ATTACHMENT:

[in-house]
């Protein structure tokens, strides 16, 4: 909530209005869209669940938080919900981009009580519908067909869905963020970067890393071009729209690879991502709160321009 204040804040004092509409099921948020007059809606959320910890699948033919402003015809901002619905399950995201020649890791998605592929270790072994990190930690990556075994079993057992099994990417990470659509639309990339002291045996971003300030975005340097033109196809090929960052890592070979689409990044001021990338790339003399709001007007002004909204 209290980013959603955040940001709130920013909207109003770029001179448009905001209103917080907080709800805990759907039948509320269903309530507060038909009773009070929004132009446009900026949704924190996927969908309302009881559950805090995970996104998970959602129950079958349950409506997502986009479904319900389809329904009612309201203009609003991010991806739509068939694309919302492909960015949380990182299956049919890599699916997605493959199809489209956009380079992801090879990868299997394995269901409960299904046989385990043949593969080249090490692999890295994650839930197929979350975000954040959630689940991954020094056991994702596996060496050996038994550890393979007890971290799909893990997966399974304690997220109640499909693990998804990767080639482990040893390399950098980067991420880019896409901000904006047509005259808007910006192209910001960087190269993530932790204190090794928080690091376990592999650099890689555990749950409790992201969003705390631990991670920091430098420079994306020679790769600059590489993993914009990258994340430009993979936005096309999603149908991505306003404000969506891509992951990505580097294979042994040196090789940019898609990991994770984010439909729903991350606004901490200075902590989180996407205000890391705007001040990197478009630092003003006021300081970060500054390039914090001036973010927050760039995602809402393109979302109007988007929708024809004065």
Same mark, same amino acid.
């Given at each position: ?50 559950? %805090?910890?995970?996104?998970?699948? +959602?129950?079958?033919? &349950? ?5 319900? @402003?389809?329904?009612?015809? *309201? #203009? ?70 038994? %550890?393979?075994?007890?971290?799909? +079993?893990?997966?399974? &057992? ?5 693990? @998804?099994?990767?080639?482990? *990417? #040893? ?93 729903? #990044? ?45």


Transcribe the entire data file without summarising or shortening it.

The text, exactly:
[in-house]
């Protein structure tokens, strides 16, 4: 909530209005869209669940938080919900981009009580519908067909869905963020970067890393071009729209690879991502709160321009 204040804040004092509409099921948020007059809606959320910890699948033919402003015809901002619905399950995201020649890791998605592929270790072994990190930690990556075994079993057992099994990417990470659509639309990339002291045996971003300030975005340097033109196809090929960052890592070979689409990044001021990338790339003399709001007007002004909204 209290980013959603955040940001709130920013909207109003770029001179448009905001209103917080907080709800805990759907039948509320269903309530507060038909009773009070929004132009446009900026949704924190996927969908309302009881559950805090995970996104998970959602129950079958349950409506997502986009479904319900389809329904009612309201203009609003991010991806739509068939694309919302492909960015949380990182299956049919890599699916997605493959199809489209956009380079992801090879990868299997394995269901409960299904046989385990043949593969080249090490692999890295994650839930197929979350975000954040959630689940991954020094056991994702596996060496050996038994550890393979007890971290799909893990997966399974304690997220109640499909693990998804990767080639482990040893390399950098980067991420880019896409901000904006047509005259808007910006192209910001960087190269993530932790204190090794928080690091376990592999650099890689555990749950409790992201969003705390631990991670920091430098420079994306020679790769600059590489993993914009990258994340430009993979936005096309999603149908991505306003404000969506891509992951990505580097294979042994040196090789940019898609990991994770984010439909729903991350606004901490200075902590989180996407205000890391705007001040990197478009630092003003006021300081970060500054390039914090001036973010927050760039995602809402393109979302109007988007929708024809004065």
Same mark, same amino acid.
């Given at each position: ?50 559950? %805090?910890?995970?996104?998970?699948? +959602?129950?079958?033919? &349950? ?5 319900? @402003?389809?329904?009612?015809? *309201? #203009? ?70 038994? %550890?393979?075994?007890?971290?799909? +079993?893990?997966?399974? &057992? ?5 693990? @998804?099994?990767?080639?482990? *990417? #040893? ?93 729903? #990044? ?45």